Sri Lanka expects 5.5-pct growth in 2018; with investment not stimulus: CB Governor
Jan 03, 2018 15:02 PM GMT+0530 | 0 Comment(s)
ECONOMYNEXT - Sri Lanka's economic growth will rebound to 5.0 to 5.5 percent in 2018 from a below 4.0 percent in 2017 with more domestic and foreign private investment, Central Bank Governor Indrajit Coomaraswamy said.
Growth will have to be driven by domestic private investment and also larger flows of foreign direct investment coming from economic reforms of the government, he said presenting a road map for monetary policy during 2018.
Private investors need a stable macro-economic environment with predictable policies to operate and invest, Coomaraswamy said.
The central bank through its tighter policies had brought stability to the economy, and the exchange rate, creating conditions for investors to act, but growth has taken a hit.
Sri Lanka's growth will fall to a 'shade below 4-pct" in 2017, Coomaraswamy said.
The economy was hit by a drought floods, and the usual hangover from a monetary backed fiscal overspending in 2015 and 2016 (a Keynesian stimulus), which generated a balance of payments crisis.
In 2015 the central bank cut interest rates in April, in the wake of a disastrous 2015 deficit budget, released over 300 billion rupees of liquidity and printed over 250 billion rupees more, triggering capital flight and credit bubble that naturally spilled over to imports and busted the currency.
Coomaraswamy tightened policy by raising rates and also engaging in some credit restrictions which were not market oriented.
The government also tightened fiscal policy, raising taxes in 2016. Government spending is generally less productive than private spending as it is 'other people's money' which tends to reduce long term benefits.
No Monetary Mirage
Coomaraswamy was not looking to cut rates at the moment with market interest rates already falling amid slowing private credit and a more stable budget deficit.
Growth has to come from investment, Coomaraswamy said.
Sri Lanka's potential growth (according to one method of calculation) was 5.9 percent and the slower 4.0 percent represented a slack, he said.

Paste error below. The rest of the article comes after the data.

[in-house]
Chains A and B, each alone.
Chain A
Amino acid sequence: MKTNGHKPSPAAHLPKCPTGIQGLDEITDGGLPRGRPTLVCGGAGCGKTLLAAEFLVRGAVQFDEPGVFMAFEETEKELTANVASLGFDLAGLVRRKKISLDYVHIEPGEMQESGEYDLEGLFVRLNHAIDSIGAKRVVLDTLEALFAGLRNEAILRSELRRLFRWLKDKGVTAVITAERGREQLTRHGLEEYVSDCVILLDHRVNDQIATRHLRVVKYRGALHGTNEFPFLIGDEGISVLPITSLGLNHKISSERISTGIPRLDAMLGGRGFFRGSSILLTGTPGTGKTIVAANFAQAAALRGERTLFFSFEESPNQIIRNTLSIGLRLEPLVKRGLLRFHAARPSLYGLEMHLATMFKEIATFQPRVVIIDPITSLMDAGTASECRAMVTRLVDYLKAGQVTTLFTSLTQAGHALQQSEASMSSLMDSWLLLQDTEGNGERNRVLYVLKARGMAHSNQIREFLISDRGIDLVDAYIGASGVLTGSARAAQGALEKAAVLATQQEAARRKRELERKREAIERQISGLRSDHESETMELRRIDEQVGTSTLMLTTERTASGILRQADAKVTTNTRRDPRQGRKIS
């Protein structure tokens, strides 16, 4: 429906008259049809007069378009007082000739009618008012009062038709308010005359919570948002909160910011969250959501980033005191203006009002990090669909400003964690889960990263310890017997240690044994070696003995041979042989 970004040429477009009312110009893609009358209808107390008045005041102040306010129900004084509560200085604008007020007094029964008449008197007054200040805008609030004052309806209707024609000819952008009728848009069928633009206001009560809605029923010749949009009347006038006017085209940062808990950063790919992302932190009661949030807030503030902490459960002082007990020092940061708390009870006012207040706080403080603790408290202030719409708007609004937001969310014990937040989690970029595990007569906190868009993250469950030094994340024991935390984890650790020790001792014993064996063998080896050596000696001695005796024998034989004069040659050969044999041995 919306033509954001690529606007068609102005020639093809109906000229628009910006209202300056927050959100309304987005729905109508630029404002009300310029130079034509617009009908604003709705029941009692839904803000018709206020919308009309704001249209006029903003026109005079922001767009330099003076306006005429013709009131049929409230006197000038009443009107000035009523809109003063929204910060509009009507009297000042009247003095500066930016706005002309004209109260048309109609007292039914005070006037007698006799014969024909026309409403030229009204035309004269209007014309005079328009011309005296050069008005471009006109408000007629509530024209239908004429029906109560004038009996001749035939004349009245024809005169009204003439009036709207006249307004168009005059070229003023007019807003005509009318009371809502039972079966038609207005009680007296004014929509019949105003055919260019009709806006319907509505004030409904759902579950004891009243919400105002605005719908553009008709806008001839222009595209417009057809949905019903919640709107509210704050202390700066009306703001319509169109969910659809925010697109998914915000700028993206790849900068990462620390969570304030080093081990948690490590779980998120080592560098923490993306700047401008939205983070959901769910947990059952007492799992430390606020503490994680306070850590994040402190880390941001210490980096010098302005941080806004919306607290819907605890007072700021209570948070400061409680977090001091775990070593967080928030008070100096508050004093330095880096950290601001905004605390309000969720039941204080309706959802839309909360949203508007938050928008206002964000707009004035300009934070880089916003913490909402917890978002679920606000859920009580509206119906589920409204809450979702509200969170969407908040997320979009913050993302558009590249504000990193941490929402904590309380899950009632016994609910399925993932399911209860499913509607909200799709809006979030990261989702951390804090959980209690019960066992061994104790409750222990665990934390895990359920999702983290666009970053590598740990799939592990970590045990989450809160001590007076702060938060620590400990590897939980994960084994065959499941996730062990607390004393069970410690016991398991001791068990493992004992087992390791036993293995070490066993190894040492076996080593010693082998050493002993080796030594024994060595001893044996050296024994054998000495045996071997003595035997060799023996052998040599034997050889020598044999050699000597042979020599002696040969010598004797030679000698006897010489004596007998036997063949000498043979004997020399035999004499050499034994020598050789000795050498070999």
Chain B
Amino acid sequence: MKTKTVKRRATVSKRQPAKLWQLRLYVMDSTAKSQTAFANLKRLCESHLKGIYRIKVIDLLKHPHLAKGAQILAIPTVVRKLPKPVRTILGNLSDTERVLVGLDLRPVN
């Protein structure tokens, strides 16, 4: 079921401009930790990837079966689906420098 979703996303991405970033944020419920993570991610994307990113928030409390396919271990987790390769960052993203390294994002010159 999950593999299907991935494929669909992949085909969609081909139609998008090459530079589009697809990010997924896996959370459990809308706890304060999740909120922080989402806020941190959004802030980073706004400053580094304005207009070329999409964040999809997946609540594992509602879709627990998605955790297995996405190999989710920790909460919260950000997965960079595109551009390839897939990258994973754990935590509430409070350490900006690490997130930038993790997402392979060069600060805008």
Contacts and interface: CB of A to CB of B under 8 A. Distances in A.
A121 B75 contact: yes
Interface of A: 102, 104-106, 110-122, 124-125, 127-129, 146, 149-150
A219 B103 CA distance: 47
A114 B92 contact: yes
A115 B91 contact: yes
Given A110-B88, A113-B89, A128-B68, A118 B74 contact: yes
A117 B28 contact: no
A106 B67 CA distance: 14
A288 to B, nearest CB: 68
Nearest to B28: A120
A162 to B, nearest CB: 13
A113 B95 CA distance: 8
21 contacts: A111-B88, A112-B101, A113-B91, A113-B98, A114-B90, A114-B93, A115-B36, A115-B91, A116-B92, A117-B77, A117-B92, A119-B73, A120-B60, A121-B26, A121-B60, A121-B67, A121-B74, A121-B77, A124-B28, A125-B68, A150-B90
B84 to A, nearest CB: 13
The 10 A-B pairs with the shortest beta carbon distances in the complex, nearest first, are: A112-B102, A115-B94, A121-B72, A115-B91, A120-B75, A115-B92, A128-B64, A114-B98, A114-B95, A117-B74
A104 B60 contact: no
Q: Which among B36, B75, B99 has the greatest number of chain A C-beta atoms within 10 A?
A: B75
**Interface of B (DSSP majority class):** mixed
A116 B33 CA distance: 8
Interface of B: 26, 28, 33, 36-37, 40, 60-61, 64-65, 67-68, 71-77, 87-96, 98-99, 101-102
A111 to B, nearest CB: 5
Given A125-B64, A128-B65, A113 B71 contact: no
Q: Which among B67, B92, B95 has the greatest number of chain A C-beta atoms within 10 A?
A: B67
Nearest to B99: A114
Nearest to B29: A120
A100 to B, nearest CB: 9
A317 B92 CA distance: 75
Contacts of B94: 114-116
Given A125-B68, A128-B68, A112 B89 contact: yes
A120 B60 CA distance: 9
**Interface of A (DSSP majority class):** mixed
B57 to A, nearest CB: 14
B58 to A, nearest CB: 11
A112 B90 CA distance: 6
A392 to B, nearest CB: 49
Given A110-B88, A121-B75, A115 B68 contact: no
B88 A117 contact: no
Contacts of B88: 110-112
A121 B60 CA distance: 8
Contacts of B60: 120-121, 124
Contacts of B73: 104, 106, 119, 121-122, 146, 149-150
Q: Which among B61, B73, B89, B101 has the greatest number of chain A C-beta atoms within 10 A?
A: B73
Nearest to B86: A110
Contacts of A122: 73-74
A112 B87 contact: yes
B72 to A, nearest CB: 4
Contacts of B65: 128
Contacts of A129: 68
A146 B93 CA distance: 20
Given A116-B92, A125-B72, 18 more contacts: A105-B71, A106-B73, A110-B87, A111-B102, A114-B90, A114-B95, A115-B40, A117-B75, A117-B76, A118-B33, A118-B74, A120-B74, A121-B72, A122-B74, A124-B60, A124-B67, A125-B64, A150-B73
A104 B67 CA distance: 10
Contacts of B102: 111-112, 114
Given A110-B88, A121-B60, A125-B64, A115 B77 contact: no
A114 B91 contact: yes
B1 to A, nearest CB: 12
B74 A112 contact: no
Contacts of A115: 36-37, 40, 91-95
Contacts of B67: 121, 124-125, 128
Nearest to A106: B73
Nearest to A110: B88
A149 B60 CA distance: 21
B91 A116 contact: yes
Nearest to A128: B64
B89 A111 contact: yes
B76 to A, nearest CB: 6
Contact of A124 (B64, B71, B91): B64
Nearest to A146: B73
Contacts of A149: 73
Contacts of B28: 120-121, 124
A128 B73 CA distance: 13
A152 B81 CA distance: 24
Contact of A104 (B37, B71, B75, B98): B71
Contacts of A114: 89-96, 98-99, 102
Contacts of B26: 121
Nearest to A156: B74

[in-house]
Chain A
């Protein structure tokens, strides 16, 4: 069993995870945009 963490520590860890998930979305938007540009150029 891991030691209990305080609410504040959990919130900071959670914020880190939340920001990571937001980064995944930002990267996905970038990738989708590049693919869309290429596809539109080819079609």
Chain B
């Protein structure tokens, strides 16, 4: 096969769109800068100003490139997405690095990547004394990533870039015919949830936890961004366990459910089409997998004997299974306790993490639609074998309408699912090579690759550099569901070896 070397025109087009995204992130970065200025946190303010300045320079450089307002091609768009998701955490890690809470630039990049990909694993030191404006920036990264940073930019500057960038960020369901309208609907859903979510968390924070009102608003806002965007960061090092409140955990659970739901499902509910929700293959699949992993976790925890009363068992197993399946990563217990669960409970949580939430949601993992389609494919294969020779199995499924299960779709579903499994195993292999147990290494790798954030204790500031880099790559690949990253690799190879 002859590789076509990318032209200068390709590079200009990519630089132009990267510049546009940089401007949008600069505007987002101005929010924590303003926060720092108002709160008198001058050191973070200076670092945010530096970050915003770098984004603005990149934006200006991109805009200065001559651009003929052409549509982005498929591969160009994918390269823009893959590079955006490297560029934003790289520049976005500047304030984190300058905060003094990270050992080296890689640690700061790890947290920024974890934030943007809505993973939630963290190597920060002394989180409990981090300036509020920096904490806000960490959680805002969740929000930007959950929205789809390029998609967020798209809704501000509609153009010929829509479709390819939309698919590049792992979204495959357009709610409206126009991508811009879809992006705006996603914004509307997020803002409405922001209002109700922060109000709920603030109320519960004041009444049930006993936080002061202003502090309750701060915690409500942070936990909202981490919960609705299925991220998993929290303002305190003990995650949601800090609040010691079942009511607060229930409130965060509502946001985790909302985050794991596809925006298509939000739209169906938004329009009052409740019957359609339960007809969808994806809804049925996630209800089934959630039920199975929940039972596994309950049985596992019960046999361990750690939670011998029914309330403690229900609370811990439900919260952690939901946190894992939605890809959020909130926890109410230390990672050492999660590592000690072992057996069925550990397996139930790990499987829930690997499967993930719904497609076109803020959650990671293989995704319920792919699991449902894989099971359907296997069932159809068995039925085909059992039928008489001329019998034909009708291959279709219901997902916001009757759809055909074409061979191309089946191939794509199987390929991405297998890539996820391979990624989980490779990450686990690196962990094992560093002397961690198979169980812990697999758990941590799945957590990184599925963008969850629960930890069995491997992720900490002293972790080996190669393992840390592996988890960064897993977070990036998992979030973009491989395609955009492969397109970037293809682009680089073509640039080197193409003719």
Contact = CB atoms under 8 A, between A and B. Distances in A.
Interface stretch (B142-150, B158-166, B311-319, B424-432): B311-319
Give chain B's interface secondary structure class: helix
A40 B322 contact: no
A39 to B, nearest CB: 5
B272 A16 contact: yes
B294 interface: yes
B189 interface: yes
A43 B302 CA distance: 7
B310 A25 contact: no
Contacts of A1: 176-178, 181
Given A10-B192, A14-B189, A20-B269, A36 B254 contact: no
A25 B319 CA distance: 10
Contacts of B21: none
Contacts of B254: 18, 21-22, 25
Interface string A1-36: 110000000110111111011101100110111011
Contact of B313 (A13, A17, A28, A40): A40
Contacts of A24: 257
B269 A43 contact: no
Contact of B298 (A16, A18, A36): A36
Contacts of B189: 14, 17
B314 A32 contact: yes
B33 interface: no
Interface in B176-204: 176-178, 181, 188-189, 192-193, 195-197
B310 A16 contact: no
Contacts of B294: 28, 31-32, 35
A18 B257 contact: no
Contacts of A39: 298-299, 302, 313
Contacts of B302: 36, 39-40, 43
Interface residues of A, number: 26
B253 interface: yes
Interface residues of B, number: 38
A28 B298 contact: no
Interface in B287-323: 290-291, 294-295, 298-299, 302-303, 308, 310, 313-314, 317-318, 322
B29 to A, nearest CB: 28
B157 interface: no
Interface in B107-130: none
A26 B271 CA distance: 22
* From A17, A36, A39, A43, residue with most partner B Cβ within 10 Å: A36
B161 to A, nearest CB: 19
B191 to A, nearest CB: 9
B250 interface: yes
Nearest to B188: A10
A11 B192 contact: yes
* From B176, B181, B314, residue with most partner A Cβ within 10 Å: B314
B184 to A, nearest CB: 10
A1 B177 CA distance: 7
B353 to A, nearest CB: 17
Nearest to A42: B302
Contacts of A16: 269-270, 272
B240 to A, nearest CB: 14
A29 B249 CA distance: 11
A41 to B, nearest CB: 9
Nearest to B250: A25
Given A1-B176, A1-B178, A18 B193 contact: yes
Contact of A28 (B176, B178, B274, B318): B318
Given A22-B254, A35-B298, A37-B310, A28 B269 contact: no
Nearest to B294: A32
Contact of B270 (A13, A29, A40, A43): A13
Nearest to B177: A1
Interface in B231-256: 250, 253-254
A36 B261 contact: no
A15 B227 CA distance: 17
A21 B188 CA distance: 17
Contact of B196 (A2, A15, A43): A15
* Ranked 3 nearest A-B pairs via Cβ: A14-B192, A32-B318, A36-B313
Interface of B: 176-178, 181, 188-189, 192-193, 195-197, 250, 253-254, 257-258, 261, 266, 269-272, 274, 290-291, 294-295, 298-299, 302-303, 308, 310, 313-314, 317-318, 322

But with market rates falling and inflation only now starting to trend down, the central bank will watch wage pressures and inflation expectations in early 2018 before cutting rates, he said.
Deputy Governor Weerasinghe said in the interbank market rates are moving towards the lower end of the policy corridor from the higher in 2017.
Sri Lanka's overnight rates can move 150 basis points down without a rate cut with the policy corridor at 8.75 percent to inject liquidity and 7.25 percent to withdraw liquidity.
At the moment interbank rates are moving towards the lower band with credit pressure easing.
The central bank usually generates balance of payments crisis by resting the raising of the ceiling rate when credit pressure builds up or by outright cutting rates like in 2011 and 2015 when credit pressure builds up.
That a central bank can generate long term growth through rates cuts is a false belief.
Coomaraswamy said the Board of Investment was expecting foreign direct investment to reach 1.5 billion US dollars this year.
In the medium term Sri Lanka needs FDIs of 2 to 3 billion US dollars a year to reach a higher growth path, Coomaraswamy said. The Hambantota investment zone as well the Colombo Port City project could bring in FDI's he said.
China Harbnour Engineering is to start on three towers investing a billion US dollars on the reclaimed property soon, AFP the French News Agency reported yesterday.
An economic recovery in the US and EU, which was also helping boost exports as would planned trade deals with Singapore and India, Coomaraswamy said.
A project pipeline under the Megapolis Ministry could also bring investments, he said. (Colombo/Jan03/2018)